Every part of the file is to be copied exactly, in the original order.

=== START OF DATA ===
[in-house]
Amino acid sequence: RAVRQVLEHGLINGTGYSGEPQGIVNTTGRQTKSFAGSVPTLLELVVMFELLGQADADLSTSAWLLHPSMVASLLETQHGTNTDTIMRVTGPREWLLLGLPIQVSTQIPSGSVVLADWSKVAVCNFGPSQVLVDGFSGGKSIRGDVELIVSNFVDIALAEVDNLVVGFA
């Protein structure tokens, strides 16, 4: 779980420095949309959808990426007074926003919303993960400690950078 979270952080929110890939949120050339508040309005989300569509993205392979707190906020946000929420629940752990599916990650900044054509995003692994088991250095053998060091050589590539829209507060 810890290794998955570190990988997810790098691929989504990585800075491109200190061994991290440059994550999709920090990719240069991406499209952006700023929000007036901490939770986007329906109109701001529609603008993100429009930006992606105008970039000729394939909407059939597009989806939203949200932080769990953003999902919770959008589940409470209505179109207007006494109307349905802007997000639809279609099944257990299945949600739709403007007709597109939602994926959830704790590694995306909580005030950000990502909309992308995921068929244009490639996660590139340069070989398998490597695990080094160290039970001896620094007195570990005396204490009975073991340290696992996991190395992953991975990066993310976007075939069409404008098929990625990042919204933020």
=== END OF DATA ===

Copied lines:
[in-house]
Amino acid sequence: RAVRQVLEHGLINGTGYSGEPQGIVNTTGRQTKSFAGSVPTLLELVVMFELLGQADADLSTSAWLLHPSMVASLLETQHGTNTDTIMRVTGPREWLLLGLPIQVSTQIPSGSVVLADWSKVAVCNFGPSQVLVDGFSGGKSIRGDVELIVSNFVDIALAEVDNLVVGFA
């Protein structure tokens, strides 16, 4: 779980420095949309959808990426007074926003919303993960400690950078 979270952080929110890939949120050339508040309005989300569509993205392979707190906020946000929420629940752990599916990650900044054509995003692994088991250095053998060091050589590539829209507060 810890290794998955570190990988997810790098691929989504990585800075491109200190061994991290440059994550999709920090990719240069991406499209952006700023929000007036901490939770986007329906109109701001529609603008993100429009930006992606105008970039000729394939909407059939597009989806939203949200932080769990953003999902919770959008589940409470209505179109207007006494109307349905802007997000639809279609099944257990299945949600739709403007007709597109939602994926959830704790590694995306909580005030950000990502909309992308995921068929244009490639996660590139340069070989398998490597695990080094160290039970001896620094007195570990005396204490009975073991340290696992996991190395992953991975990066993310976007075939069409404008098929990625990042919204933020």